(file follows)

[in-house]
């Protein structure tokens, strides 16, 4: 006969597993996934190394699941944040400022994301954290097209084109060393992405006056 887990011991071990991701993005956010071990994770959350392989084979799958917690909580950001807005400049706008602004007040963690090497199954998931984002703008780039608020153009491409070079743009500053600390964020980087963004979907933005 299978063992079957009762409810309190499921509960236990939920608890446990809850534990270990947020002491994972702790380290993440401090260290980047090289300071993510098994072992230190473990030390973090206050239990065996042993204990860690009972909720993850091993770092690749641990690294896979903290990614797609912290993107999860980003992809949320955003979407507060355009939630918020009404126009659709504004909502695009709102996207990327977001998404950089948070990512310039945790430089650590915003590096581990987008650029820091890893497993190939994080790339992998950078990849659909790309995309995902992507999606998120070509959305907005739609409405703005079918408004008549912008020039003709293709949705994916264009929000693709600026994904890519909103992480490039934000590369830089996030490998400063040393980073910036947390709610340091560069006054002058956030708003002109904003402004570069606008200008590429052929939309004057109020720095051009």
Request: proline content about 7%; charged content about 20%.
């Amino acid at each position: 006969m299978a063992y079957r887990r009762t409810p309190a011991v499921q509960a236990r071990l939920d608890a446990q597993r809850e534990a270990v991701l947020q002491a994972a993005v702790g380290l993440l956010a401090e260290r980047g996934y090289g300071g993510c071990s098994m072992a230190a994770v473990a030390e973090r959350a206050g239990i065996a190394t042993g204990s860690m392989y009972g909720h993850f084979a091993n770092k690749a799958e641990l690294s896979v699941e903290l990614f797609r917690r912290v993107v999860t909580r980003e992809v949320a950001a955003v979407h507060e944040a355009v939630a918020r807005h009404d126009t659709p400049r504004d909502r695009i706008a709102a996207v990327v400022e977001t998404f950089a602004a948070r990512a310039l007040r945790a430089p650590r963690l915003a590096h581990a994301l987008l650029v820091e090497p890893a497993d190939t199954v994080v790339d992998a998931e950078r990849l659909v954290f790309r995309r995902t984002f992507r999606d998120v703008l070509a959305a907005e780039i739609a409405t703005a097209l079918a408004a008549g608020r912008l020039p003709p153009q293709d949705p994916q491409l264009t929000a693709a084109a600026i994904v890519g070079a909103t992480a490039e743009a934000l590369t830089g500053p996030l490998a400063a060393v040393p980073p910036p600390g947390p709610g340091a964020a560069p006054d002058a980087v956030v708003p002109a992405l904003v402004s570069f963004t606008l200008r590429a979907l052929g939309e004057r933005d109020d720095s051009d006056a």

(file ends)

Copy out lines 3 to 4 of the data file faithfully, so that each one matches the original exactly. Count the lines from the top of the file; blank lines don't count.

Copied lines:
Request: proline content about 7%; charged content about 20%.
């Amino acid at each position: 006969m299978a063992y079957r887990r009762t409810p309190a011991v499921q509960a236990r071990l939920d608890a446990q597993r809850e534990a270990v991701l947020q002491a994972a993005v702790g380290l993440l956010a401090e260290r980047g996934y090289g300071g993510c071990s098994m072992a230190a994770v473990a030390e973090r959350a206050g239990i065996a190394t042993g204990s860690m392989y009972g909720h993850f084979a091993n770092k690749a799958e641990l690294s896979v699941e903290l990614f797609r917690r912290v993107v999860t909580r980003e992809v949320a950001a955003v979407h507060e944040a355009v939630a918020r807005h009404d126009t659709p400049r504004d909502r695009i706008a709102a996207v990327v400022e977001t998404f950089a602004a948070r990512a310039l007040r945790a430089p650590r963690l915003a590096h581990a994301l987008l650029v820091e090497p890893a497993d190939t199954v994080v790339d992998a998931e950078r990849l659909v954290f790309r995309r995902t984002f992507r999606d998120v703008l070509a959305a907005e780039i739609a409405t703005a097209l079918a408004a008549g608020r912008l020039p003709p153009q293709d949705p994916q491409l264009t929000a693709a084109a600026i994904v890519g070079a909103t992480a490039e743009a934000l590369t830089g500053p996030l490998a400063a060393v040393p980073p910036p600390g947390p709610g340091a964020a560069p006054d002058a980087v956030v708003p002109a992405l904003v402004s570069f963004t606008l200008r590429a979907l052929g939309e004057r933005d109020d720095s051009d006056a």